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Abenomics Lives
What’s Next for Abenomics

With Japan back in recession for the second time during Prime Minister Shinzo Abe’s tenure, the future of Abenomics has been in doubt. Yet now we’re starting to get some idea of what’s next. From Reuters:

Japan’s government plans to raise the minimum wage and introduce other steps to revitalise the economy, but the draft of stimulus measures seen by Reuters on Monday appeared to break no new ground on reforms that analysts say are needed to end decades of stagnation.

Prime Minister Shinzo Abe’s government will also offer some financial support to people living off their pensions to bolster consumer spending, a copy of the draft obtained by Reuters showed.

Citing unnamed sources, the Nikkei newspaper said on Monday that the government is planning to raise the minimum wage by 3 percent. But the draft didn’t provide any specifics and analysts say the government will need to do more to foster durable growth.

On the one hand, the failure of Abenomics may have little to do with the wisdom of its architect. Chinese weakness is dragging down Japan and causing regional uncertainty that further undermines hopes that Japan can restore the dynamic economy it had in decades past. But, on the other, Japan has major structural deficiencies that minimum wage increases simply won’t solve. Japan has heavily committed itself to a reform-resistant blue model. Today’s globalized, increasingly automated world doesn’t support that kind of economy. Japan, like other developed countries, needs to figure out a new way to adapt.

There are reasons to be hopeful. In an information economy, Japan has a lot going for it. Its education system rightly takes heat for failing to instill a creative impulse in students (threatened cuts to humanities departments would only exacerbate the problem), but Japanese citizens are still very highly-educated by world standards. Back in the 70s and 80s, partly on the strength of its education system, Japan became a high tech powerhouse. It remains one, and as world militaries and manufacturers look to replace people with robots, Japan’s deep knowledge of automated systems will come in handy.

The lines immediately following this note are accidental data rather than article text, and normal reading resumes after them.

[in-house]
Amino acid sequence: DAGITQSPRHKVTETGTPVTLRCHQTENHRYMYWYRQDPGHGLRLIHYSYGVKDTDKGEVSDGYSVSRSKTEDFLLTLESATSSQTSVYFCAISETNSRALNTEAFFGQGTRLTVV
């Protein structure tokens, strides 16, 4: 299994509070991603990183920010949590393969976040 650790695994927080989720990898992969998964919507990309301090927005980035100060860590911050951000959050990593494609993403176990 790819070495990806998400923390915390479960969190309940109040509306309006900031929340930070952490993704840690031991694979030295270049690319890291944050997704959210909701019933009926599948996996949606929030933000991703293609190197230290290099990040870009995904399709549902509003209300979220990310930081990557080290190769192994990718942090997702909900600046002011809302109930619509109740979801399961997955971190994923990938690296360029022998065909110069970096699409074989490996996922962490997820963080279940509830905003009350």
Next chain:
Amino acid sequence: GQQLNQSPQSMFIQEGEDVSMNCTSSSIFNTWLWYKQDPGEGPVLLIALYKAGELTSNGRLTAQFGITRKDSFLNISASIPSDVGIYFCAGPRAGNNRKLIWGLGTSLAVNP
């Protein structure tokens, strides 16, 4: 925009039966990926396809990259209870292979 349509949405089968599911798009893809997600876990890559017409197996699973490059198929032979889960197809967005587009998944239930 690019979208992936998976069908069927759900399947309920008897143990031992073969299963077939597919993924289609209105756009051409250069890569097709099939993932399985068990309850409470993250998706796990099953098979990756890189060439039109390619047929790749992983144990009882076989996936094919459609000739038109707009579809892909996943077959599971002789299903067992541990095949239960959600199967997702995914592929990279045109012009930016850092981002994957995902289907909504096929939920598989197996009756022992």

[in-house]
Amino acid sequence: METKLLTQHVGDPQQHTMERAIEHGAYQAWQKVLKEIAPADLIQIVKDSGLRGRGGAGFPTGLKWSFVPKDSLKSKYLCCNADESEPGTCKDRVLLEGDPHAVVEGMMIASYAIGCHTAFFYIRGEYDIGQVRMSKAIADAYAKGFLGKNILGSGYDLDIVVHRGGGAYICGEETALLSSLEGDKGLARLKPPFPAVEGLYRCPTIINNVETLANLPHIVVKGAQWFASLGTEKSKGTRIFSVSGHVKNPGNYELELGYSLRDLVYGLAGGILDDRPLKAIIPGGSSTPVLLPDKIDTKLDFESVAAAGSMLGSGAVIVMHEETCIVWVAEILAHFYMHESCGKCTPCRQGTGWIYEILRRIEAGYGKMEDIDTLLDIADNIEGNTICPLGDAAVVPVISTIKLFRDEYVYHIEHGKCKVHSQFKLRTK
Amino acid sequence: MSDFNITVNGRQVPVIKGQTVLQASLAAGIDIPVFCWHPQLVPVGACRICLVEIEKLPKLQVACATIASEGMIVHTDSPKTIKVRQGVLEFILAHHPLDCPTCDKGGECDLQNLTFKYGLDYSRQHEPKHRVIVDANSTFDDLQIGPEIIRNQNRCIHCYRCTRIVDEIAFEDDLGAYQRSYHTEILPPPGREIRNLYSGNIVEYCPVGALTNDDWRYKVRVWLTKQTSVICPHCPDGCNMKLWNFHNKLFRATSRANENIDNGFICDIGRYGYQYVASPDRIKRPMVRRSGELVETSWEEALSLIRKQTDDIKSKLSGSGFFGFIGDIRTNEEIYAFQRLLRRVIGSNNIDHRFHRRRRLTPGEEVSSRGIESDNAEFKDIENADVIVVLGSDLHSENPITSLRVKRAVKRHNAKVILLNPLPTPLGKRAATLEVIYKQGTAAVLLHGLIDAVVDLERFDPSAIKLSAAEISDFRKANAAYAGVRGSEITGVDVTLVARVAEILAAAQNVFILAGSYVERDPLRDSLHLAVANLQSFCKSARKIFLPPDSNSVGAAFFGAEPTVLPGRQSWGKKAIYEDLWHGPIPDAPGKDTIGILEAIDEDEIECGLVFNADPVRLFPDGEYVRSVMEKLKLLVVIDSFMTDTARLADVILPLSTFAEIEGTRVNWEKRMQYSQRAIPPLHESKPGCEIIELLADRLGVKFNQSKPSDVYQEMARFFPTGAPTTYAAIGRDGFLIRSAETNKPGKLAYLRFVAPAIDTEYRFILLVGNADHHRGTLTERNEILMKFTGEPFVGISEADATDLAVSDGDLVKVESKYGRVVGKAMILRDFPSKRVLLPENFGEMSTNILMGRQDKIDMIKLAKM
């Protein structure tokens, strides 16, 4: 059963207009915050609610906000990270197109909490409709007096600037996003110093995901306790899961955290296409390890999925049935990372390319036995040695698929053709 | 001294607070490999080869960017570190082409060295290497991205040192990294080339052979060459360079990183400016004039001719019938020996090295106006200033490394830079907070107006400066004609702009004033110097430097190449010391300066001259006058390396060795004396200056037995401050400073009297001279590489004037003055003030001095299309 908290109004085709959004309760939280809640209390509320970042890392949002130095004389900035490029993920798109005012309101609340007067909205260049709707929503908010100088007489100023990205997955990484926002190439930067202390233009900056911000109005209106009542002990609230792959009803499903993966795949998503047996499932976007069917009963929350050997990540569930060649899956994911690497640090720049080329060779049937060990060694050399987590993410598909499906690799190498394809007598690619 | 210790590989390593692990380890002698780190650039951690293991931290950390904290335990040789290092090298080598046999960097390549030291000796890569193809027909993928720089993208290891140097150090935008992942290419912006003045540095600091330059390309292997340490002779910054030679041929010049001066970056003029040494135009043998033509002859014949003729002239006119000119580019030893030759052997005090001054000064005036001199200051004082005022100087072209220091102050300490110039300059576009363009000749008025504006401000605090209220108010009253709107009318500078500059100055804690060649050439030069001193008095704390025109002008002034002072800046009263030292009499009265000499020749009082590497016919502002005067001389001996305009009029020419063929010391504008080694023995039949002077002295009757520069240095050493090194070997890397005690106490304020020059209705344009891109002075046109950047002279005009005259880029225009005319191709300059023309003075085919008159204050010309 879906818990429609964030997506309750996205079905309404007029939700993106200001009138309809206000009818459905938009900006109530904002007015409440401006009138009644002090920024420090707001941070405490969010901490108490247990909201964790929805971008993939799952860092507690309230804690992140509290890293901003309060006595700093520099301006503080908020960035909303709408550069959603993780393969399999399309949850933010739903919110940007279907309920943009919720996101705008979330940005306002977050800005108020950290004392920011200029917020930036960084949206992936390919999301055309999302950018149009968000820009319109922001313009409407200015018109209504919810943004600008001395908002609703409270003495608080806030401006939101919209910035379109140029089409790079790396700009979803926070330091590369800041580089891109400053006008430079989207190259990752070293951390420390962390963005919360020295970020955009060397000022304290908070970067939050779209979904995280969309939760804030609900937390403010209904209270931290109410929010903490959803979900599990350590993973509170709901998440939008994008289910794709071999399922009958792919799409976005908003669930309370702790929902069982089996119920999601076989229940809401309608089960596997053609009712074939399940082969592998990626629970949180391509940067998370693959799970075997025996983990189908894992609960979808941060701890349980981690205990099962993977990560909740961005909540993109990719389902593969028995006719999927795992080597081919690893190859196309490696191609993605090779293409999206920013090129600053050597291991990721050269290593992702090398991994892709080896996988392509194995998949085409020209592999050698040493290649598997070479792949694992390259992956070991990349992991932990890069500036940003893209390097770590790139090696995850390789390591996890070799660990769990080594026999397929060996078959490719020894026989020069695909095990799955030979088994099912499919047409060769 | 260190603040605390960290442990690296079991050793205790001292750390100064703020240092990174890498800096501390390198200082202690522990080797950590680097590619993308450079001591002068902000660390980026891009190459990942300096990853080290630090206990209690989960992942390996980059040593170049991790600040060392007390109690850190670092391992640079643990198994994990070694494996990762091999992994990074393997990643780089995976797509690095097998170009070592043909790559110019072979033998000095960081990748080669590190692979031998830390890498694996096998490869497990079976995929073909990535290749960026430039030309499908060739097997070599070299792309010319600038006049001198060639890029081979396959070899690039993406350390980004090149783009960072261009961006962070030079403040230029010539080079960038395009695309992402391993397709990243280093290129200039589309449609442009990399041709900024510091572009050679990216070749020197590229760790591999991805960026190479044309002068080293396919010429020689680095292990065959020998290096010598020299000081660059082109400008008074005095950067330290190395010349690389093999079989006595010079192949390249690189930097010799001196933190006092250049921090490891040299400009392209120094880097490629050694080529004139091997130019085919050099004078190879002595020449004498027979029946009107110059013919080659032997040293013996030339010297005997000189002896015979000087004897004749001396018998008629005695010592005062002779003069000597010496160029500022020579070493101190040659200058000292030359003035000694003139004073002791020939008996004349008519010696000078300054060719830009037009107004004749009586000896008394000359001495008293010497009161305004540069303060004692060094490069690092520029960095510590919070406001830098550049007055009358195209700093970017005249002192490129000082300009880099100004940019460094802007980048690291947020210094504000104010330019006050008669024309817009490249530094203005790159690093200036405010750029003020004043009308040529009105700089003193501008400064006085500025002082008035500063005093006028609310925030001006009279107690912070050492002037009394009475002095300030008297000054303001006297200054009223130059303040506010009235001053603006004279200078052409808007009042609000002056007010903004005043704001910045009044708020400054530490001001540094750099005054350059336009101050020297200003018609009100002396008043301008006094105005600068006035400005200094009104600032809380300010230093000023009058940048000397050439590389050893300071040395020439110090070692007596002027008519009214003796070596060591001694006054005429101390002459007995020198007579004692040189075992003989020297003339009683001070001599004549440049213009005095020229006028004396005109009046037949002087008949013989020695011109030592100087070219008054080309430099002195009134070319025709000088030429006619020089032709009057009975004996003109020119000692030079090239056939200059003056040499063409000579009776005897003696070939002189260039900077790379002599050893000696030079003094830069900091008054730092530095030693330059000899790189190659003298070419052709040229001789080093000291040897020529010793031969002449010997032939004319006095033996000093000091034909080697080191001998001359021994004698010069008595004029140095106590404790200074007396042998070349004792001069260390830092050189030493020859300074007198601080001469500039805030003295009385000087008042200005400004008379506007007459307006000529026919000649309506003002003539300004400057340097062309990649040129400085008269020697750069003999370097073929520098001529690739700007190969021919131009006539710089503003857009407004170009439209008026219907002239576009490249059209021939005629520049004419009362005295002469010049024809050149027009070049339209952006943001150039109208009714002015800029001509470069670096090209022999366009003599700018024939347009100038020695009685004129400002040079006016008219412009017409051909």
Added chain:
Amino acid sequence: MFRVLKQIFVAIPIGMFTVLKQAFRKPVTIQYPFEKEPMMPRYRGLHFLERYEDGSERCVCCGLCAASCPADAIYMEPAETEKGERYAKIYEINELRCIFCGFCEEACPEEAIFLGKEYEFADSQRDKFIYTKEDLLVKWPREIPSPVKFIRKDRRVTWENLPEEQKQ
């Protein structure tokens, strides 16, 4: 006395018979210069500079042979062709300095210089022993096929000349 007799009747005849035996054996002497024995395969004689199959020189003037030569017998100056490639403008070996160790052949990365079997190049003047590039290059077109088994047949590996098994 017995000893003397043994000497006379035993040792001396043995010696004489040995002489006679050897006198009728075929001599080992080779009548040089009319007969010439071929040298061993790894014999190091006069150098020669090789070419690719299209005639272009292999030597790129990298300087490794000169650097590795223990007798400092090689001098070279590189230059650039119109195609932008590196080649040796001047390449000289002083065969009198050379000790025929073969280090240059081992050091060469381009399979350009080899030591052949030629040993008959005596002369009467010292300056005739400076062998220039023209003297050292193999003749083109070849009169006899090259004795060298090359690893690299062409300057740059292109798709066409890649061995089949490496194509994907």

Washington needs Tokyo to counterbalance China and to reinforce the Asia-Pacific network of countries challenging Beijing in the South and East China Seas. Moreover, Japan is the only regional power with the economic muscle to compete with China for development contracts throughout Asia. Make no mistake: The success of Japan is a key American interest.

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  • WigWag

    It’s hard to bet on a nation who’s population will almost certainly fall from 128 million today to 95 million by 2050. To make matters worse, Japan’s elderly population represents 22 percent of total population today; this will increase to 40 percent by mid century.

    As for Japan’s education system, it really doesn’t matter how bad or good it is; Japan just isn’t producing children any more. Japan has one of the lowest fertility rates of any nation in the world.

    The United States dominated the Post War world with the help of two junior partners, Japan and Western Europe. The Americans, Europeans and Japanese created far and away the greatest prosperity in world history.

    The sad reality is that Japan is dying and so are our allies in Western Europe. We need to find new allies before it’s too late.

    • Andrew Allison